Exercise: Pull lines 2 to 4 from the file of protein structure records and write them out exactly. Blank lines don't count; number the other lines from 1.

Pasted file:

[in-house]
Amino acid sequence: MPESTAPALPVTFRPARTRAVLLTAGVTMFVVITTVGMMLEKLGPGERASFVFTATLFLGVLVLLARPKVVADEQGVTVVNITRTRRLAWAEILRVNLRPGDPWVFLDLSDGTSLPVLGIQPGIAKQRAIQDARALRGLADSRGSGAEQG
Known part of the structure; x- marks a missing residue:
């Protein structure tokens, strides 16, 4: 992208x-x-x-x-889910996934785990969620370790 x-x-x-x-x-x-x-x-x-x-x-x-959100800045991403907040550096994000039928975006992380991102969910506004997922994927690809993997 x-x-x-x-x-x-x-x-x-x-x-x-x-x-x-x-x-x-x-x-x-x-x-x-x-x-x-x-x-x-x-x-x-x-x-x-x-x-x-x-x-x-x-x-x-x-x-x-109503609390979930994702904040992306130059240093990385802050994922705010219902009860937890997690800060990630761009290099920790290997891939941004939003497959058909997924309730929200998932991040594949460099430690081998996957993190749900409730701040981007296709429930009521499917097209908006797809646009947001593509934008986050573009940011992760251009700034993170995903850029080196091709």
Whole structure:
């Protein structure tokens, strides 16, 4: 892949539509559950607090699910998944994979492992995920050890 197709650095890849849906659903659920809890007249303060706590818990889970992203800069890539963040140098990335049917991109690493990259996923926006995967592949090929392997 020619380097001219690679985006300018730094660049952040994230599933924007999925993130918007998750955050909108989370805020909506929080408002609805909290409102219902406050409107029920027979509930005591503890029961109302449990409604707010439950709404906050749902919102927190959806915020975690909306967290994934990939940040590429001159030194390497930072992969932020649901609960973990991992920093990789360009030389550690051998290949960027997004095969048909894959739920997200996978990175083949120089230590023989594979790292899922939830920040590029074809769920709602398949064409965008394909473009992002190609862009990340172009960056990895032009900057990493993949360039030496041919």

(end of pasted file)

Amino acid sequence: MPESTAPALPVTFRPARTRAVLLTAGVTMFVVITTVGMMLEKLGPGERASFVFTATLFLGVLVLLARPKVVADEQGVTVVNITRTRRLAWAEILRVNLRPGDPWVFLDLSDGTSLPVLGIQPGIAKQRAIQDARALRGLADSRGSGAEQG
Known part of the structure; x- marks a missing residue:
């Protein structure tokens, strides 16, 4: 992208x-x-x-x-889910996934785990969620370790 x-x-x-x-x-x-x-x-x-x-x-x-959100800045991403907040550096994000039928975006992380991102969910506004997922994927690809993997 x-x-x-x-x-x-x-x-x-x-x-x-x-x-x-x-x-x-x-x-x-x-x-x-x-x-x-x-x-x-x-x-x-x-x-x-x-x-x-x-x-x-x-x-x-x-x-x-109503609390979930994702904040992306130059240093990385802050994922705010219902009860937890997690800060990630761009290099920790290997891939941004939003497959058909997924309730929200998932991040594949460099430690081998996957993190749900409730701040981007296709429930009521499917097209908006797809646009947001593509934008986050573009940011992760251009700034993170995903850029080196091709």